Friday Letter // 00085
2019.05.31 // DESK // BROOKLYN //
Today the New York Times cited an apparently non-existent group in a story about trans teens and chest binders, while not quoting anyone who uses a binder, and in another story, the New York Times neglected to cite the real sex workers’ rights group backing the decriminalization bill their story was about, in favor of running long quotes from several groups opposed to full decriminalization. Both are breezy, corny, skimming along like there’s nothing (it’s not like the federal and several state governments are putting any of these lives on the line) of consequence here! manner we all love to hate about the paper that too many people still comport themselves as if preparing for a future desk there.
These are deadly moves. As Noah Zazanis put it, “Seeing a pattern here? They're presenting marginalized people as ‘controversial issues’ rather than human beings with lives. The bigots who want to keep people criminalized and closeted? Just concerned feminists! But if we speak up in our defense, then we're silencing dissent.”
This is Friday Letters.
If you can, see The Garden, the film by Derek Jarman. It’s been restored, I think because this year is the 25th anniversary of Jarman’s death. We should all be staring at this sea.
If you can see it at Metrograph in New York over the next few days, you can also see it with Blue.
Blue was the first Jarman film I saw, my one day off on book tour years ago, drifting in and out of sleep on a bench at the Tate Modern where it was installed at the time. This is the film Jarman made in blindness, his last. There’s no moving picture. Maybe? Maybe the blue field moves? Half awake I think I thought it could be. You could close your eyes to the blue and just listen. Tilda Swinton. Miranda Sex Garden. His voice. It felt wrong, though.
Tilda Swinton made an appearance at Metrograph to introduce The Garden on Tuesday night. She said, to her, Jarman’s films are like family movies. It thundered out so loud the theater stopped for a moment and everyone thought it was just him.
I only want to work at my table now. (It’s not an internet “thing” about photographing the wood surface, I swear. I’ve had it almost as long as I’ve lived in New York; Meaghan and I walked it three blocks from a flea market into my old apartment.) I don’t have a window at my desk, like I did in New Orleans (a backyard in the Bywater with a fig tree) or Las Vegas (a view of the strip from far off in the Arts District, centered on the Stratosphere), the two cities where I’ve made the most progress on the next book. Now I can’t work without it, and the kitchen is the only place in this apartment where I can get just enough sky. I didn’t know how much I needed just to stare and be aimless that way.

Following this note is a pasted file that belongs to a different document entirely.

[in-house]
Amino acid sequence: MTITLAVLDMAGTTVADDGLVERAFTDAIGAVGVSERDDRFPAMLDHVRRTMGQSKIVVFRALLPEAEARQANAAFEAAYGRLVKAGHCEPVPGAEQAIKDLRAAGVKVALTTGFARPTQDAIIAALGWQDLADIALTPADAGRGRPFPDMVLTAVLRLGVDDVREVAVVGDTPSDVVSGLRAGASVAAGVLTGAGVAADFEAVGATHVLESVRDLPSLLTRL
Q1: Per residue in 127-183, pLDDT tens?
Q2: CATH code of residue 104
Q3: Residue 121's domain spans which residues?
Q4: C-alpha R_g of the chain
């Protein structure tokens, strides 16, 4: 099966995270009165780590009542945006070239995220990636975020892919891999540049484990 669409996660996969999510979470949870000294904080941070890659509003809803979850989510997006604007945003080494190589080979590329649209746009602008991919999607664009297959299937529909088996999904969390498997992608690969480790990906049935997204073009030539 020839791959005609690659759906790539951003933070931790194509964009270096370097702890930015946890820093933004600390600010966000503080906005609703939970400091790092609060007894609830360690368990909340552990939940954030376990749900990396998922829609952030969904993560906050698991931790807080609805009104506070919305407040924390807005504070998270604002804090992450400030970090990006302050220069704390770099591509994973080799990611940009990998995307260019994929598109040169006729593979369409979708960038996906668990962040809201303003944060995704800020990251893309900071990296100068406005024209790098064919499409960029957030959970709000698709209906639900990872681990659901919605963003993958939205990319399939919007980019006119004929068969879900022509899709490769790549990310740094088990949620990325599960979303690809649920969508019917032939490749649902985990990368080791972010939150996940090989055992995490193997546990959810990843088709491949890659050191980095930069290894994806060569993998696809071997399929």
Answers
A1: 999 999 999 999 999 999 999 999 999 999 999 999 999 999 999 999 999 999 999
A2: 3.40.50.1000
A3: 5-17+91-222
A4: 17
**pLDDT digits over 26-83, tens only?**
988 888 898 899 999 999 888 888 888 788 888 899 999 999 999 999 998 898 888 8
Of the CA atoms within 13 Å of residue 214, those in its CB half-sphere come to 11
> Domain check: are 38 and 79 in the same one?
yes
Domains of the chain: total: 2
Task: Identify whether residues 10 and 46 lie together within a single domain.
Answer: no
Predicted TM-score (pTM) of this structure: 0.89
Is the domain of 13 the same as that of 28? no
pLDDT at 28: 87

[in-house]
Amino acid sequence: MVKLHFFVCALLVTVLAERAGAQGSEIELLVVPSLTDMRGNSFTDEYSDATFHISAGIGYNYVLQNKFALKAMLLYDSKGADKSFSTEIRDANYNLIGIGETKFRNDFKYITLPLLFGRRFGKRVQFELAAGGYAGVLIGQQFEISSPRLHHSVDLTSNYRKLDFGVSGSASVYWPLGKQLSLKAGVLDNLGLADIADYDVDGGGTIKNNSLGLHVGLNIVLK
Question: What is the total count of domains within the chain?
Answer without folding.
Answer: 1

The last few weeks since New Orleans have been a readjustment, which maybe I can say more about later, if it’s actually interesting. It’s just been 18 months non-stop writing about the dead and violence. Saying it like that, of course scheduling some staring out the window seems obvious.
COMING UP //
I’m going back to Las Vegas for a little bit, either to finish or revise the proposal for the next book, called WAYWARD (will I keep the title all-caps? I doubt it, but I go on styling it that way), mostly depending on how much progress I make this week, reading about girls’ reformatories, and a little depending on how long I underestimated it would take.
I finished my first story for The New Republic so watch for that in the next print issue, and more to come.
And if you love KLUTE something good is coming here in July, and it’s not just the Criterion release, but it’s connected…
BACK MATTER //
“Inside The New Movement To Decriminalize Sex Work In NY” / Gothamist, 2019.02.25
STATION IDENTIFICATION //
This is Friday Letters, by Melissa Gira Grant (me), the author of Playing the Whore: The Work of Sex Work and a journalist covering gender, sexuality, law, and power.
My back hurts, too. See you in June.